Student Rights in School
Imagine this scenario:
The high school principal calls a junior into her office and accuses him of vaping weed in the school parking lot and sharing it with his classmates. She rifles through his backpack on the spot and, sure enough, she finds a vape pen.
The principal asks the student to confess and give up the names of the students who were smoking with him. She says that if he doesn’t, he will get a more serious punishment.
Was what she did legal? What should the student do in response? Say nothing? Ask to call his parents? Be truthful and hope everything turns out okay?
When it comes to illegal activity, dealing with school officials is an entirely different ballgame from dealing with law enforcement. With law enforcement, you have certain constitutional rights, such as the right to remain silent and the right to be free from illegal searches. But courts give wide latitude to schools to determine their discipline policies. The courts believe that the need to maintain discipline in a school outweighs the privacy rights of the student. The moment your child enters school property, he is subject to the disciplinary rules of that school district. The school can search him. The school can question him.
As a parent, I think it is just as important to teach your kids about their rights and how to handle themselves with school authorities as it is to teach them about what to do when dealing with the police. So in this chapter, we’ll focus on three areas of the law in schools that you and your teen should know about: search rights, interrogation, and drugs.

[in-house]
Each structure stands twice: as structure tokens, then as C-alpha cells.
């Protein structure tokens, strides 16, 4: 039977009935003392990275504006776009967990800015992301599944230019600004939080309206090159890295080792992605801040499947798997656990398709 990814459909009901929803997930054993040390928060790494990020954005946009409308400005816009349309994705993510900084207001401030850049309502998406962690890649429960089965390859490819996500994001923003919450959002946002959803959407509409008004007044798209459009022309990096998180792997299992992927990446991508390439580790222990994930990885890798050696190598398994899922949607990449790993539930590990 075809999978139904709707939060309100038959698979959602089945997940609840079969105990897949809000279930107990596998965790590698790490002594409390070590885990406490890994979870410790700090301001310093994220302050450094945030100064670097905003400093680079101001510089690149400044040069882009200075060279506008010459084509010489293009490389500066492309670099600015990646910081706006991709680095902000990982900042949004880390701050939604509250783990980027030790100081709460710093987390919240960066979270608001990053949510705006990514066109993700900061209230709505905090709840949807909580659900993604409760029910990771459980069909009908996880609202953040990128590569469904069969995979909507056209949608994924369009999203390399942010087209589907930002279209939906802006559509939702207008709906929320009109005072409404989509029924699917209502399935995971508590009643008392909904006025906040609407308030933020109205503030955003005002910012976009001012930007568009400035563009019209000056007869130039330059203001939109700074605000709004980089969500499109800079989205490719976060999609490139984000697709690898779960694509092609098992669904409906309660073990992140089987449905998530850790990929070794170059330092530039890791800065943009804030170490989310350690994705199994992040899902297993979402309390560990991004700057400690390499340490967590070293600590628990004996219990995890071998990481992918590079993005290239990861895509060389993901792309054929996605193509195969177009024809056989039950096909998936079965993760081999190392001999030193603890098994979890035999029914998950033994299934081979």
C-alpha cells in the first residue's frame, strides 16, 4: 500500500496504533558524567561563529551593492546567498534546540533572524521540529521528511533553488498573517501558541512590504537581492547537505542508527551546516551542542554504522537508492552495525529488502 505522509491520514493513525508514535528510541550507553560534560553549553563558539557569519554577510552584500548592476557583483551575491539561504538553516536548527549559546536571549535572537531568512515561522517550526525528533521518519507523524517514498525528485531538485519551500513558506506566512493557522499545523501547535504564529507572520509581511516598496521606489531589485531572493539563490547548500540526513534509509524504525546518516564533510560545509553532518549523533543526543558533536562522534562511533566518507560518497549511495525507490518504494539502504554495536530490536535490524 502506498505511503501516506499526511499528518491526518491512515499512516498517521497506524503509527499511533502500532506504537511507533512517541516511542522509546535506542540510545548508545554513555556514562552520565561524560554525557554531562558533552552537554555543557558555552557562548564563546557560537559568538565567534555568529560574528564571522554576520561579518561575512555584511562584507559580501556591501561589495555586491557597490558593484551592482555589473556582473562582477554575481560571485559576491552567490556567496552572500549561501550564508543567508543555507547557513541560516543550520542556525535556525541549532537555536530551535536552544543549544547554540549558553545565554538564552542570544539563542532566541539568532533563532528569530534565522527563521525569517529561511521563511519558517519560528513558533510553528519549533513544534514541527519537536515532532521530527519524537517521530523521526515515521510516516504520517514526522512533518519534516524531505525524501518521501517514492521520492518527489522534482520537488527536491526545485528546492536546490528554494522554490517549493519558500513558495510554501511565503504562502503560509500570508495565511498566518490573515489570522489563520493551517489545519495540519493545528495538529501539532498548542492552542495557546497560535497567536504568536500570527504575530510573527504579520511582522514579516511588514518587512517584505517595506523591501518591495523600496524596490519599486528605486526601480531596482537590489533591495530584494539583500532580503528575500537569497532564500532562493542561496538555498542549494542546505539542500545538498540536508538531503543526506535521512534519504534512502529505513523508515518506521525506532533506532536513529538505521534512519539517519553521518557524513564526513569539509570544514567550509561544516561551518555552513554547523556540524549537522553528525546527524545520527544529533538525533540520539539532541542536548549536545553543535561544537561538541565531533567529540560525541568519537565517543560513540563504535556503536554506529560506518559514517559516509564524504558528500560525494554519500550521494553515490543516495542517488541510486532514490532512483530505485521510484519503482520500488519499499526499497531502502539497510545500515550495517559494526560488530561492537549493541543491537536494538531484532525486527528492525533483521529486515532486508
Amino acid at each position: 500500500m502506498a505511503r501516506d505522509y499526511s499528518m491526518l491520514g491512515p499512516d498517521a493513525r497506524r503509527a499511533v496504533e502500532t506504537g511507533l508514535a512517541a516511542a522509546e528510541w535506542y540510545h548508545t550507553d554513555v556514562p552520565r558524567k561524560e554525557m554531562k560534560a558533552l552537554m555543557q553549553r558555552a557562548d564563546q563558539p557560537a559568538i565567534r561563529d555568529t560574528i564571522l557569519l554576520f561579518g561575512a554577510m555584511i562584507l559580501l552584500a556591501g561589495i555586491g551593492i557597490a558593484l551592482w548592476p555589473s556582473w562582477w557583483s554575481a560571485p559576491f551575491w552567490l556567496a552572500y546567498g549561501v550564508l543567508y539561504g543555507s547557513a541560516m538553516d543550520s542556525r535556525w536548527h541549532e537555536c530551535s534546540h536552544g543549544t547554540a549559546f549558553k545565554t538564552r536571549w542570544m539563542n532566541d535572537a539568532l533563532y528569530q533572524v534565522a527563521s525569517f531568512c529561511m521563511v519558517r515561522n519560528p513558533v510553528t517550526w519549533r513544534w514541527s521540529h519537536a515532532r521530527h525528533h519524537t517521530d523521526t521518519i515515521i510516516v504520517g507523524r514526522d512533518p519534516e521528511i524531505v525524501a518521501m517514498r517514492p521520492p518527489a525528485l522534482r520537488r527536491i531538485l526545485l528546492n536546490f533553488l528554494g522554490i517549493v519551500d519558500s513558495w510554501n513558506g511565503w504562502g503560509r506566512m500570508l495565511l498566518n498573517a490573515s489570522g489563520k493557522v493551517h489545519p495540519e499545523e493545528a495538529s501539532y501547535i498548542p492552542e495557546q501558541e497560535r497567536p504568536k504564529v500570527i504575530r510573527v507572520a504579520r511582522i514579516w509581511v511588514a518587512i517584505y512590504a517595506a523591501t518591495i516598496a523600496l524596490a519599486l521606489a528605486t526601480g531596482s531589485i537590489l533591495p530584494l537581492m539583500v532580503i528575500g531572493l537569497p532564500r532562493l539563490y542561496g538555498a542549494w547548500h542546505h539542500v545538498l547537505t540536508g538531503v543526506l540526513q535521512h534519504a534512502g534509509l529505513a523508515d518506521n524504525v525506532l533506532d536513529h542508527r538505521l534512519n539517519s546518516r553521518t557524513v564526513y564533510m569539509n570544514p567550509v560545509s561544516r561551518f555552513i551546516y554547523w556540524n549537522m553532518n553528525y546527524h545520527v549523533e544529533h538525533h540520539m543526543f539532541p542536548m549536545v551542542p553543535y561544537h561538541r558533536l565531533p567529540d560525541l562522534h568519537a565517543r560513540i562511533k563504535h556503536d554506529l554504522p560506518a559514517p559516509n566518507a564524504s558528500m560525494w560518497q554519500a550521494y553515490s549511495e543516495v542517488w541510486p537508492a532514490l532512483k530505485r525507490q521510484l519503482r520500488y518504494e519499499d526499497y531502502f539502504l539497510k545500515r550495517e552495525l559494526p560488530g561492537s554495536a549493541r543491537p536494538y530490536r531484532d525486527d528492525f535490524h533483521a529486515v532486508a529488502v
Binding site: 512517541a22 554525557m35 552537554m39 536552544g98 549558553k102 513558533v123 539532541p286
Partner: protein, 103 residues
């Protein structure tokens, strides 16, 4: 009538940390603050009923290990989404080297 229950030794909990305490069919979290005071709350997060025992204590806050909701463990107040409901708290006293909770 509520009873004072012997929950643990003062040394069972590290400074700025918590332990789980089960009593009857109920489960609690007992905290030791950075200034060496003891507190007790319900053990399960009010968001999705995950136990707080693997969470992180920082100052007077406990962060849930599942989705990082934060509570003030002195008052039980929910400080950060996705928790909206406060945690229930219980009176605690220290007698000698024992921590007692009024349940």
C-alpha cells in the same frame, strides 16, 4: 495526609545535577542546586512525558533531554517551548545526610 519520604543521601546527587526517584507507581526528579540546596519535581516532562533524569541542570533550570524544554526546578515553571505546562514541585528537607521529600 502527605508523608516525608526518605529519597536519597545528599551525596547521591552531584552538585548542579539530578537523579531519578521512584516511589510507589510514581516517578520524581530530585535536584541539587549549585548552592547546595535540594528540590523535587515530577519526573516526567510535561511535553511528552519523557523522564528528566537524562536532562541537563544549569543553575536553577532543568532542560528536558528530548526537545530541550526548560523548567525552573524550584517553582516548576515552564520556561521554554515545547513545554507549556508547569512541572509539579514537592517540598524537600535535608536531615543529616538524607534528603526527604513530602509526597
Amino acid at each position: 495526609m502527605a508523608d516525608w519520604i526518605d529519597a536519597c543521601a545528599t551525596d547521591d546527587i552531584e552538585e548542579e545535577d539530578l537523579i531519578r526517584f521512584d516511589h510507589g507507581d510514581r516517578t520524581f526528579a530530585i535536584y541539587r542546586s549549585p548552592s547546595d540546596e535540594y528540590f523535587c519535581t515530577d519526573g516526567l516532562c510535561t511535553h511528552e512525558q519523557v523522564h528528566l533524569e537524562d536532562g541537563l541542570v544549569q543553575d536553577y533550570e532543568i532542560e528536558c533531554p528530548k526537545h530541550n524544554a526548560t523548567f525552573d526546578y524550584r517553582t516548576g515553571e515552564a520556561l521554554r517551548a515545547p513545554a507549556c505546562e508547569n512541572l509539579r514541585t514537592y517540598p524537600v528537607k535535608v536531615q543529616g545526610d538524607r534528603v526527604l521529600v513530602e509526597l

Student Rights – Search Rights
Typically, when a student is found in possession of an illegal item, such as drugs or weapons, the first thing parents say is, “The school searched him illegally! They violated my kid’s rights!”
Well, I’ve got some bad news for you: There are no illegal searches on school property. Your teen’s locker is not private; it’s school property. Her backpack or purse isn’t personal property that the school can’t search. When anyone sets foot on school property, they are agreeing to the school’s policies. Often, these policies allow for search of not only school property but everything on school property as well: persons, bags, and even vehicles parked on campus!
Keeping Our Kids Safe and Out of Trouble
To learn more about Students Rights in School and other issues that parents and teens face click below to purchase my new book Keeping Our Kids Safe and Out of Trouble: What a Criminal Defense Attorney Tells His Kids and Wants You to Tell Yours.